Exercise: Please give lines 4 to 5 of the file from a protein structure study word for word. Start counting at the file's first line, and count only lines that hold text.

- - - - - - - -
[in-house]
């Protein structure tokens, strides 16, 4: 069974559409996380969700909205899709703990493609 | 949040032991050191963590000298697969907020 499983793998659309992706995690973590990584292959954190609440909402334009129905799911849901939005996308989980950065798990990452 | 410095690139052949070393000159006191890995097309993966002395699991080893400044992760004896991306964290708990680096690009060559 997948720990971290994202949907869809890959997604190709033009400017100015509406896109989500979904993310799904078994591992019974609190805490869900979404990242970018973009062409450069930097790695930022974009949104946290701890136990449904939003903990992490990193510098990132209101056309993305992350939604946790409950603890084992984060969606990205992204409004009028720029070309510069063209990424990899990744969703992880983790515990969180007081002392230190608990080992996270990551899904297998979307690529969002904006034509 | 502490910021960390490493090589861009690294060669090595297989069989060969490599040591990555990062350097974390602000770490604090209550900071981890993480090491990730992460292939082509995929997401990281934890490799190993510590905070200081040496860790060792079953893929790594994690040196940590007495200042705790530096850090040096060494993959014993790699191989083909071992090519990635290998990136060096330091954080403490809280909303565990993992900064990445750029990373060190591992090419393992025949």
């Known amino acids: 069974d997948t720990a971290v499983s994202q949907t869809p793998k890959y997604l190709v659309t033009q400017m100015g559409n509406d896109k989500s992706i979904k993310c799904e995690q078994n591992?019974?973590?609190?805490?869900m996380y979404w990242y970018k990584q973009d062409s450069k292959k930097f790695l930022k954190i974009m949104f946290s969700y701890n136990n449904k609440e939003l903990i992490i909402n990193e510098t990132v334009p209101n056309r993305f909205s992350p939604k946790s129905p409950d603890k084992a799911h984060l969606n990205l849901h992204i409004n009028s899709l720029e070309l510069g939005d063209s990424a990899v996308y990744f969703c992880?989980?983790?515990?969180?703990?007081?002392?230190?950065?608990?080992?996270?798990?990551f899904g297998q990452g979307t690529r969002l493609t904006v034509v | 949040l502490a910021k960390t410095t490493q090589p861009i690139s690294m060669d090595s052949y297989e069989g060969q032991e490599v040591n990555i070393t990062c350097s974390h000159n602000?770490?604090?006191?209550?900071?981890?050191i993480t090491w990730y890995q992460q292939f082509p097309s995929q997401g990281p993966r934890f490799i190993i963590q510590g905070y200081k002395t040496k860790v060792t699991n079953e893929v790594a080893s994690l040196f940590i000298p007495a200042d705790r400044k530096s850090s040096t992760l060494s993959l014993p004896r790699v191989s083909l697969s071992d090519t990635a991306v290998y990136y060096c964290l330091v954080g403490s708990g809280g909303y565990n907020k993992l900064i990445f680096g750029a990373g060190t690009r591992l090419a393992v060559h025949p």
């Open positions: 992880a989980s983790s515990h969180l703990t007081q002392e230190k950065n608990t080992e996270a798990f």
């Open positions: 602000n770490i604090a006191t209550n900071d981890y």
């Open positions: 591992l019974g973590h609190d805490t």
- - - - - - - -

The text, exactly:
């Open positions: 992880a989980s983790s515990h969180l703990t007081q002392e230190k950065n608990t080992e996270a798990f």
């Open positions: 602000n770490i604090a006191t209550n900071d981890y």